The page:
The UK government’s top scientific advisers had urged ministers to introduce vaccine passports and tell people to work-from-home in a bid to combat the spread of omicron, five days before a move to Plan B including both measures was confirmed. Remote working is a “highly relevant” way to reduce transmission of the new Covid-19 variant, according to notes from the 3 December meeting of the Scientific Advisory Group for Emergencies (Sage). The omicron variant has sparked alarm among scientists over its contagiousness and potential to evade vaccines. The Sage meeting calling for the reinstatement of the work from home guidance was chaired by the government’s chief medical officer Chris Whitty and chief scientific officer Sir Patrick Vallance. The committee also warned ministers that they may not be able to wait for further data before deciding whether to bring in more restrictions. “Even if measures are introduced immediately, there may not be time to fully ascertain whether they are sufficient before decisions are needed on further action,” the document states. “Past Sage advice on measures to reduce transmission remains highly relevant, including but not limited to advice around ventilation, face coverings, hand hygiene, reducing contacts (eg. by working from home), vaccination certification, and the importance of effective testing, contact tracing and isolation,” it adds. This week it was revealed that more than half of omicron cases in the UK have occurred in people who have had at least two vaccination doses.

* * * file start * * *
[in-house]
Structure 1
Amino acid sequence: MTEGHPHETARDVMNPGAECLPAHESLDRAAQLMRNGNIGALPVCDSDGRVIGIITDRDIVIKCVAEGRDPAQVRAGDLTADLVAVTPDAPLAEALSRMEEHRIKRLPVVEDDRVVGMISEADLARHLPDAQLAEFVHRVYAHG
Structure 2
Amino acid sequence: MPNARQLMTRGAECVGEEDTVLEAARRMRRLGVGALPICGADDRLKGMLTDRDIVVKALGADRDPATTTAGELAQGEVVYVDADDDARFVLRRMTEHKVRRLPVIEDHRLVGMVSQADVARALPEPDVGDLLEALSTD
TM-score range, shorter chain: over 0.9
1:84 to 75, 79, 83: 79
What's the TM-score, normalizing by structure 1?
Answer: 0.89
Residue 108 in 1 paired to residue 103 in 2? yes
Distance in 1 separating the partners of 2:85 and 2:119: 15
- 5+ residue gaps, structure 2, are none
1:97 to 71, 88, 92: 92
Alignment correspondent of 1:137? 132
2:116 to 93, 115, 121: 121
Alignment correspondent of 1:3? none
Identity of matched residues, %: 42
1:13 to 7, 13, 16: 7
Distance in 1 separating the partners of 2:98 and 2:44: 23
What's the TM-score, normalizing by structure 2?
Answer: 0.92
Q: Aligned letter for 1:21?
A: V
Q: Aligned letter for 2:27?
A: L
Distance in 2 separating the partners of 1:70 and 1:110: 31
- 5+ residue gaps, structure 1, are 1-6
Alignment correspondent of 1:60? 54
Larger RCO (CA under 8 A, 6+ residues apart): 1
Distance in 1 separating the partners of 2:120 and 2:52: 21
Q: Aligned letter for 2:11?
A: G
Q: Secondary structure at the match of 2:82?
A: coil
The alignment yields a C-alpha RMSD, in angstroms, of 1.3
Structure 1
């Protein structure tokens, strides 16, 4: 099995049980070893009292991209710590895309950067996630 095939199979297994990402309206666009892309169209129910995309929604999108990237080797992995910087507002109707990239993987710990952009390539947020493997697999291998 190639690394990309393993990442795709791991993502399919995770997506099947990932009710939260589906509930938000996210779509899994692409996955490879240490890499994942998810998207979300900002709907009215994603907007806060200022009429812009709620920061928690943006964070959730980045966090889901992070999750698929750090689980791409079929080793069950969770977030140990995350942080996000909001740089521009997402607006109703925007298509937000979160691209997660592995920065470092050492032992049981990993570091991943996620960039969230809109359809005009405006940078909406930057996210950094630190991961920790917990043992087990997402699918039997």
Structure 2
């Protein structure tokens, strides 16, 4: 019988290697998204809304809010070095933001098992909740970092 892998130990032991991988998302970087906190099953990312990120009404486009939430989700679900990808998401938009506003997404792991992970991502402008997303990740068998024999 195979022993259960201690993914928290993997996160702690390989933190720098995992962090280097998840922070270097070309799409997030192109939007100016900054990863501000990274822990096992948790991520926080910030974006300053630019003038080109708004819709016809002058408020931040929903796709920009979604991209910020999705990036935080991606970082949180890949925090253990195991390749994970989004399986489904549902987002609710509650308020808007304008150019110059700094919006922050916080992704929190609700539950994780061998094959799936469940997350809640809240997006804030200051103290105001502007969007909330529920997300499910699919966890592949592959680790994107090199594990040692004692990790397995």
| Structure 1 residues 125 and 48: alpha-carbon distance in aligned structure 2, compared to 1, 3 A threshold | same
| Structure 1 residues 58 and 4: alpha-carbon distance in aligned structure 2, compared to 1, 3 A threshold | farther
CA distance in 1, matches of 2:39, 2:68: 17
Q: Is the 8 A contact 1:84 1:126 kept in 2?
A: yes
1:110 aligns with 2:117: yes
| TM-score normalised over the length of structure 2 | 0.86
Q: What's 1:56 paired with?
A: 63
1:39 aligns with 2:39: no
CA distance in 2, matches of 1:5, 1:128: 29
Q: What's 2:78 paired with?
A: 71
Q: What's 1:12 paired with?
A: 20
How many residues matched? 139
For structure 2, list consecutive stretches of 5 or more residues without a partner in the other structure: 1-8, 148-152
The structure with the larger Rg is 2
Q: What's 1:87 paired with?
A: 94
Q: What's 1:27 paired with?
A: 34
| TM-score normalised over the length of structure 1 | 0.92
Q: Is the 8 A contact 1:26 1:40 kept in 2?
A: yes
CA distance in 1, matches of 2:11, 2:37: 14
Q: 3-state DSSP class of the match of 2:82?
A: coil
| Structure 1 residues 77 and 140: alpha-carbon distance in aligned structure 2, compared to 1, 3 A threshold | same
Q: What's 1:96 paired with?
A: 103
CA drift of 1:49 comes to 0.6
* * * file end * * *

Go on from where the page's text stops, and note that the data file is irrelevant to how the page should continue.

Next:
Scientific Advisory Group for Emergencies (SAGE) meeting minutes. Evening Standard.

Still more needs to be done, says UNISON